With some help from a neighbor who spearheaded a similar movement in his own building, the multi-ethnic residents of 41-45 52nd St. formed a tenants' association that took the landlord to task on the 164 violations on record with the city's Housing Preservation and Development Department.
They won a consent decree in March from Queens Housing Court Judge James Grayshaw that required the landlord, Flushing-based NH Realty, to clean up the building, and the situation already is starting to improve, said Bruce Jung, a tenant who helped organize the more-than-30-member group.
A quick tour of the building Monday started with a walk through a modern, glassed-in entryway that replaced the old wood-framed door that residents said remained constantly ajar, providing a hangout for street drinkers and graffiti artists. A fully operational intercom offers access to the building. And inside, it is clear that garbage no longer lines the floor outside the trash chutes, where Jung said he was inspired to organize the building's residents.
About a year ago, Jung said, he became trapped in the trash chute closet in the hallway adjacent to his fourth-floor apartment.
"I was so scared," the 59-year-old resident recalled. The superintendent, who lives on the same floor, eventually responded to Jung's calls, he said. But that was the last straw.
Jung and Bill Killick, a lifelong resident of the circa-1940s six-story, red-brick apartment building, turned to City Councilman Eric Gioia (D-Sunnyside). Killick, whose parents lived in the building before he did, had already circulated petitions to protest the conditions. In fact, Jung said, Killick is the hero of the building.
Gioia's office put the pair in touch with Rob McCreanor, a part-time tenants' advocate and full-time lawyer in Manhattan.
McCreanor had put together a tenants' association in his own building at 41-15 50th Ave., just a few blocks from where Jung and Killick live.
"He did everything," Jung said of McCreanor, who modestly shot back, "Nah, we did this as a group."
McCreanor, Killick and Jung called for a first meeting in November 2003. And much to McCreanor's surprise, a majority of the building's tenants turned out.
"The first time I was astonished," said McCreanor, whose own tenants' association took a little longer to build up steam. He attributed the massive response to pent-up concerns about the building's condition.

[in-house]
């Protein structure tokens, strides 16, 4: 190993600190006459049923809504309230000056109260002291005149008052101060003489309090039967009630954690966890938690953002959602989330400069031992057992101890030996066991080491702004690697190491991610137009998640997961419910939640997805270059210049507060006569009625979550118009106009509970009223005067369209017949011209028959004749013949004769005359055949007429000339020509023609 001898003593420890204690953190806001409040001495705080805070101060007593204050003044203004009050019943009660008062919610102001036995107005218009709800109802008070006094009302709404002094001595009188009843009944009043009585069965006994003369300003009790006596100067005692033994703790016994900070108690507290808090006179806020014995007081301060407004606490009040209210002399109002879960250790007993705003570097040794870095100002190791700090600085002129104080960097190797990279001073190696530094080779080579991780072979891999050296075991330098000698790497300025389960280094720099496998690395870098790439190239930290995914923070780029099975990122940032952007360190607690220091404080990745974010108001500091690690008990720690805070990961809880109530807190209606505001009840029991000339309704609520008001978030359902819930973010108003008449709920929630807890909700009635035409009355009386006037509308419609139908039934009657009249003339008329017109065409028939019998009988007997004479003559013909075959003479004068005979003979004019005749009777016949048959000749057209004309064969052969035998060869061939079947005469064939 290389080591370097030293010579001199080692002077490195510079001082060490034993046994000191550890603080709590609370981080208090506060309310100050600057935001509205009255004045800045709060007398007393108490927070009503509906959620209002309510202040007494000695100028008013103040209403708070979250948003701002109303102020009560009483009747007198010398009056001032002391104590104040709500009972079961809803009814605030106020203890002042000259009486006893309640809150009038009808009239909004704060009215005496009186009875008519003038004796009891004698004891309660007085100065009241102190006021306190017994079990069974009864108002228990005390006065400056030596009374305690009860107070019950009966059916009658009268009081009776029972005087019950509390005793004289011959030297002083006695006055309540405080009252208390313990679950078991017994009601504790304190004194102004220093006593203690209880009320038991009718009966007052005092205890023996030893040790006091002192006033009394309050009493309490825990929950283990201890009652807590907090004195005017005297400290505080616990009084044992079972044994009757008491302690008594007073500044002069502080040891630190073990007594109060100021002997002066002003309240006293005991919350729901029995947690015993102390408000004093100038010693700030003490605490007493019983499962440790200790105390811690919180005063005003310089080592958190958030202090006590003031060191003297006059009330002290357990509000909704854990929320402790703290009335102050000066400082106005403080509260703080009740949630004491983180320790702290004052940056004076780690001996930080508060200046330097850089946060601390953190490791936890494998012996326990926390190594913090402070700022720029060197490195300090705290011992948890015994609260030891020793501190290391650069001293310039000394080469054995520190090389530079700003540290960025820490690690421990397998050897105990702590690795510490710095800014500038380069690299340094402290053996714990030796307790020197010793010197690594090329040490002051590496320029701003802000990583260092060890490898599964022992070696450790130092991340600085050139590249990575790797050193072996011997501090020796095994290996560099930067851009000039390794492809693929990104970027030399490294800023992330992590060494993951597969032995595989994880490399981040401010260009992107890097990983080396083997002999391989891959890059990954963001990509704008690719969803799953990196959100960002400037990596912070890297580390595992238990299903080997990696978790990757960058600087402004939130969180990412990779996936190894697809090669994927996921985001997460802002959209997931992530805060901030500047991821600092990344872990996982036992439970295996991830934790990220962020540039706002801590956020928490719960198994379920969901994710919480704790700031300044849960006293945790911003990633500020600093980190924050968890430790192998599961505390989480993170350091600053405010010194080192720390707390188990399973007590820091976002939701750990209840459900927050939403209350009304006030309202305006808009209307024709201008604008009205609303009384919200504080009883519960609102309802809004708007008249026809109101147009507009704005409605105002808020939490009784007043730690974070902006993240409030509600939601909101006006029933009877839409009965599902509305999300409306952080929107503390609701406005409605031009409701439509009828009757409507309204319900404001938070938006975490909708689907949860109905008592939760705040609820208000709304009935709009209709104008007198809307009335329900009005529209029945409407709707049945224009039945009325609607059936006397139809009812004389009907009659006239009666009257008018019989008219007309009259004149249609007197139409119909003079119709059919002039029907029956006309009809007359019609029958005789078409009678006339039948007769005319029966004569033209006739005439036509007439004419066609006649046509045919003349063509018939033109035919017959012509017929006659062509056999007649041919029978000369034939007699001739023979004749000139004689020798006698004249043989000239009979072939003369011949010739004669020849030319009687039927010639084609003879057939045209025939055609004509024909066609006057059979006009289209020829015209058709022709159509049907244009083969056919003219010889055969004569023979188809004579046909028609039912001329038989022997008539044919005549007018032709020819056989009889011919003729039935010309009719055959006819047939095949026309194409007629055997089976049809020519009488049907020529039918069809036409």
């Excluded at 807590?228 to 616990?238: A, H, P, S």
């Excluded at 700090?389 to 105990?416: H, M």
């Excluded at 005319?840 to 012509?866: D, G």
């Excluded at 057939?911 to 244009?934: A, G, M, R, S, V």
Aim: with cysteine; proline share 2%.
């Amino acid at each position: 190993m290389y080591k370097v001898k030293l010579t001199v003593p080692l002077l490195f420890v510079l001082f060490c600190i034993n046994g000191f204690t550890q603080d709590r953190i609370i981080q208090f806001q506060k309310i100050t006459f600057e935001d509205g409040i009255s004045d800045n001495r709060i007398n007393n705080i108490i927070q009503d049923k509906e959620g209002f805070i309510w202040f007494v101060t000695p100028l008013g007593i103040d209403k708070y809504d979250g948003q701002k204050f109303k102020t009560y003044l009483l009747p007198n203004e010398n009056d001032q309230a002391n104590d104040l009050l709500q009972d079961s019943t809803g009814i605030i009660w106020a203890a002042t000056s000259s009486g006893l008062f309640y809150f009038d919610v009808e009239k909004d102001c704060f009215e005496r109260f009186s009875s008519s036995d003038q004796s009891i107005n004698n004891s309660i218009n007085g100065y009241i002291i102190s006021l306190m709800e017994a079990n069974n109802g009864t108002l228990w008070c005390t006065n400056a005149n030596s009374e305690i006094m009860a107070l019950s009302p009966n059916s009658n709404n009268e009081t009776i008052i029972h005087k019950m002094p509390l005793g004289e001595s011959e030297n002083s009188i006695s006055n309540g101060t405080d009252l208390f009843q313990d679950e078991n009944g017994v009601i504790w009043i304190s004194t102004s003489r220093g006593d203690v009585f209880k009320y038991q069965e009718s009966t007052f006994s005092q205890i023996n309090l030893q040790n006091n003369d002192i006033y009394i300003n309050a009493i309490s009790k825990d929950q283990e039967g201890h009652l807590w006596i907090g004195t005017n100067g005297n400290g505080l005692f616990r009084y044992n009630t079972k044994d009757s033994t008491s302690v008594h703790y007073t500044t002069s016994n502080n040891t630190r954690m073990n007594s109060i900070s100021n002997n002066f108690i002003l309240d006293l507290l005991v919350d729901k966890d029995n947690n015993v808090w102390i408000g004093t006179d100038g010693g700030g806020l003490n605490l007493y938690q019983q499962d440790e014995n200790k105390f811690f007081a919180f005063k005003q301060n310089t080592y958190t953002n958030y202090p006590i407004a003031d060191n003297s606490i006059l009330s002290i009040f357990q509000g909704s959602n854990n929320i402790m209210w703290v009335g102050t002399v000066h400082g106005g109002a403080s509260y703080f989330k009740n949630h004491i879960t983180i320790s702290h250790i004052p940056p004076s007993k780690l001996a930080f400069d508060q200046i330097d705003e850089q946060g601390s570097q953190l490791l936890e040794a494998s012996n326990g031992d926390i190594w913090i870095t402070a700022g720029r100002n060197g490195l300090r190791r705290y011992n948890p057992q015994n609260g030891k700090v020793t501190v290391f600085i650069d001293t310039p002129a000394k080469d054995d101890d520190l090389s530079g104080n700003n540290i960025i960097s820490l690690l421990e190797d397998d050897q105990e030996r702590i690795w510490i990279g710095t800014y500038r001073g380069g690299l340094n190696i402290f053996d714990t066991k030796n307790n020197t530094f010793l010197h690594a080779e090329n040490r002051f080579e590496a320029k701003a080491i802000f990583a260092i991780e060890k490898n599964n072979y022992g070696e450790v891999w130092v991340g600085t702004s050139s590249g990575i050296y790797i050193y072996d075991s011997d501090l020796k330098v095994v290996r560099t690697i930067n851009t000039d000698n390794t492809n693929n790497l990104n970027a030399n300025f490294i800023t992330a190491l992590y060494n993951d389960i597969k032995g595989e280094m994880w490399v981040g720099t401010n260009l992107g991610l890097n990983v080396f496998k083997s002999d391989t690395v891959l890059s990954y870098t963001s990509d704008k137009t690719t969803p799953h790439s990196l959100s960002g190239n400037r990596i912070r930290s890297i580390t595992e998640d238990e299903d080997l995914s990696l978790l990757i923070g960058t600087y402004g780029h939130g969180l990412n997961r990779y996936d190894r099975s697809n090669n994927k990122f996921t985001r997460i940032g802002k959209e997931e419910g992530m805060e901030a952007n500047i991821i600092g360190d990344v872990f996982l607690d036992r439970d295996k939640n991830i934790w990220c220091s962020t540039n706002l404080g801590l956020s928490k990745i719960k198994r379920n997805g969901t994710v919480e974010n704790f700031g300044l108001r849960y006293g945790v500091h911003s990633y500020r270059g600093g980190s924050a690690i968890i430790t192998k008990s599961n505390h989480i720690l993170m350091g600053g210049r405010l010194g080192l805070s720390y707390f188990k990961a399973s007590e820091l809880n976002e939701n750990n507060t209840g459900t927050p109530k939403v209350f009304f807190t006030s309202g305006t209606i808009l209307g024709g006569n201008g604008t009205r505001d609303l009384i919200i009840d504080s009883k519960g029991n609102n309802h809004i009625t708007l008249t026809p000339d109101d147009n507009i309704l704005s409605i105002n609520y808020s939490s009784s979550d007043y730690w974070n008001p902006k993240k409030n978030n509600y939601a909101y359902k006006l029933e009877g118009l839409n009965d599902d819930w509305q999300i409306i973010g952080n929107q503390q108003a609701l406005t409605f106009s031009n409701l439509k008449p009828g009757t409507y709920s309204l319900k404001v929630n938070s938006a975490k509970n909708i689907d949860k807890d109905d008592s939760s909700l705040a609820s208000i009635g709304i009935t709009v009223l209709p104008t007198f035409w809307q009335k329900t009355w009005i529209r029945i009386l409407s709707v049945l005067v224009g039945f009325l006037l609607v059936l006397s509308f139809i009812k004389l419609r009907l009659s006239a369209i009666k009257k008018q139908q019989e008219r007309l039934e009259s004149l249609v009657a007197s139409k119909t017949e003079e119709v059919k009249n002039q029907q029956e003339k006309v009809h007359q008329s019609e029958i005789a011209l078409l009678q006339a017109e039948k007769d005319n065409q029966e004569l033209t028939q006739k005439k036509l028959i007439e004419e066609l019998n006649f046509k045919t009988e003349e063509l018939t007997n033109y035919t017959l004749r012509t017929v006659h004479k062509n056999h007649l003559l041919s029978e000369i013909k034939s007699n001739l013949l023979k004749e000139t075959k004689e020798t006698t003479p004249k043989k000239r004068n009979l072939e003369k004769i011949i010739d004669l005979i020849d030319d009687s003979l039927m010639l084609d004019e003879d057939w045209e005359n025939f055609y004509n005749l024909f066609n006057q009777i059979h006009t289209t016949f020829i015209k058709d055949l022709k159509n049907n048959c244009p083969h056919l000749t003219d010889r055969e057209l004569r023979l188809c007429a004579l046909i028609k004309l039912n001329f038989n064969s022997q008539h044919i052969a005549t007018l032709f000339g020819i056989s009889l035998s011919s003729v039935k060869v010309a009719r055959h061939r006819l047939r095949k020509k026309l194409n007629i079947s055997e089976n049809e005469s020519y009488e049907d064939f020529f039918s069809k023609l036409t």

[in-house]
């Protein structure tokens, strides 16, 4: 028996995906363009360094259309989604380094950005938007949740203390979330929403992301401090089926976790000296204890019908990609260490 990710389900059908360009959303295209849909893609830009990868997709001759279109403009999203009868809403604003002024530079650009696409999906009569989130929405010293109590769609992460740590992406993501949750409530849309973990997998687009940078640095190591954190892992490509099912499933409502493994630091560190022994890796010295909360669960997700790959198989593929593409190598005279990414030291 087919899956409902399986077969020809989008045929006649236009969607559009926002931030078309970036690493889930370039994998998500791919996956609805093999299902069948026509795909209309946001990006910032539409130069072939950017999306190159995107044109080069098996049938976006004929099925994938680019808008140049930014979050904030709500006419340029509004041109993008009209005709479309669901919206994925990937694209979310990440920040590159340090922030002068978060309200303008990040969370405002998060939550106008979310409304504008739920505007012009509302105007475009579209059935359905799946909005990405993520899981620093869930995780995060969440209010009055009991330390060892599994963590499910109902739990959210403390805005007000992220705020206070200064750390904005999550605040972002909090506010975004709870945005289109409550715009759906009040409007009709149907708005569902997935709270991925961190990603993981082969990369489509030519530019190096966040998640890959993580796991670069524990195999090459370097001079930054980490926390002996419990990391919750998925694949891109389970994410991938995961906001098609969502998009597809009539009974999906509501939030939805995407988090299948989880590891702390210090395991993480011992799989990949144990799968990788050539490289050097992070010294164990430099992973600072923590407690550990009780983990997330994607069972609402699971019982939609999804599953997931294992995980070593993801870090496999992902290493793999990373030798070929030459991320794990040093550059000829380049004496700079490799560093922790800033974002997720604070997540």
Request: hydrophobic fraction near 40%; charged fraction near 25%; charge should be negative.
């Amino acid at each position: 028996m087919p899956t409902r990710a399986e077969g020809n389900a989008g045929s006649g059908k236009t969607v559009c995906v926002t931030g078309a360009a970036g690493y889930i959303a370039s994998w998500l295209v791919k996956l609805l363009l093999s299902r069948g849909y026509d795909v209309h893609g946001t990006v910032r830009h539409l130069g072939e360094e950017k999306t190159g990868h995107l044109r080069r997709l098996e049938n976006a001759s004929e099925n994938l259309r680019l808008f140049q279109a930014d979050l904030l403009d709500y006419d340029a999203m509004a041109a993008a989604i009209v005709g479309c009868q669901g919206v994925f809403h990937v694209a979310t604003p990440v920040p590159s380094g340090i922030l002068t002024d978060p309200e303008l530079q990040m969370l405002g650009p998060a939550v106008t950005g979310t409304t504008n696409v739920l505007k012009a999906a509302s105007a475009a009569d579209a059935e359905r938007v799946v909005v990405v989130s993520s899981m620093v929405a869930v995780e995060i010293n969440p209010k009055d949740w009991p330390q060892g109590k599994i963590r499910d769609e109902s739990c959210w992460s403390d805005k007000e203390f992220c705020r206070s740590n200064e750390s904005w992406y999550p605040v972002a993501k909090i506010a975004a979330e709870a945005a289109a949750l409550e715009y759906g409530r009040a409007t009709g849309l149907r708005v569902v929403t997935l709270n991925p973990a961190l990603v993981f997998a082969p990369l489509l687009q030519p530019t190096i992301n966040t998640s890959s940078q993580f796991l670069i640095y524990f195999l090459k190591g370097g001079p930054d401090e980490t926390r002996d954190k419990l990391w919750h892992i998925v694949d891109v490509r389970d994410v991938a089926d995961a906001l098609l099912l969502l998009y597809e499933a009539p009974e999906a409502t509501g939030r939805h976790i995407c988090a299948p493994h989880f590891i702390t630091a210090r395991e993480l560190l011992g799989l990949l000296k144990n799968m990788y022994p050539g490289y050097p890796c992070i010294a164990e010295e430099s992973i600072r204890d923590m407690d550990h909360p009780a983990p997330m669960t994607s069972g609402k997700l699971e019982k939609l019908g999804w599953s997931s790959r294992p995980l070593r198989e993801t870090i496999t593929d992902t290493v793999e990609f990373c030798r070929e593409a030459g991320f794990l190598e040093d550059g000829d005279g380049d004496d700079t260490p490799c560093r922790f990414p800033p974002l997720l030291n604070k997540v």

Breaking down the communication barrier between the diverse residents at the 52nd Street building was difficult at first, Jung and McCreanor said. Most are Hispanic. But about 30 percent of the tenants are Korean, said Jung, who translated for many of them.
"Definitely, a whole lot of funny stories," McCreanor said of the group's first interaction.
The assembled residents, who met in the building's lobby under the supervision of police officers from the 108th Police Precinct, organized their grievances and filed suit in Queens Housing Court.
As of Monday, the Housing Preservation and Development Department had 164 complaints on record, including 38 class C violations, which by law must be fixed within 24 hours. Class C complaints include failure to provide hot water, inaccessibility to boiler room, peeling lead paint and mold.
Eventually they arrived at an agreement with the landlord to clean up the building, using some of the most serious violations to secure more wide-ranging solutions, McCreanor said.
NH Realty, the landlord, could not be reached for comment, but McCreanor said most of the repairs have been made.
"I'm very happy and content," said 64-year-old Esthervina Gampat, who had two cracked windows replaced and one of the rooms in her apartment painted. The native of the Dominican Republic, who has lived in the building since 1983, said things are much better now, although she would still like a new stove and kitchen sink cabinet to replace the one that is rusting out at the bottom.
In a building that is unlikely to become a co-op given its proximity to the subway - the No. 7 rumbles by the south side of the building about every few minutes - a tenants' association is the next-best thing to ensure the upkeep of the building that is a mix of rent-controlled, rent-stabilized and market-rate housing, McCreanor said.
The tenants' association has met about five times and participation has remained high, McCreanor said.
Their next activity, however, should be a lot more fun. McCreanor's building will host a Fourth of July party to which both buildings are invited. The idea, he said, is to "generate some sort of cross-building communication," McCreanor said.
It forms part of McCreanor's plan to extend the model, which he said helps foster a sense of community and keeps down crime by making people more aware of one another, to other parts of the neighborhood.
McCreanor, who walking down the street between the two buildings is saluted by just about everybody, hopes to parlay the tenant association model into a full-time pursuit. He said he has reached out to some immigrant organizations in the area and is applying for grants to set up a dedicated service for area renters.
Reach reporter James DeWeese by e-mail at news@times
©2004 Community News Group
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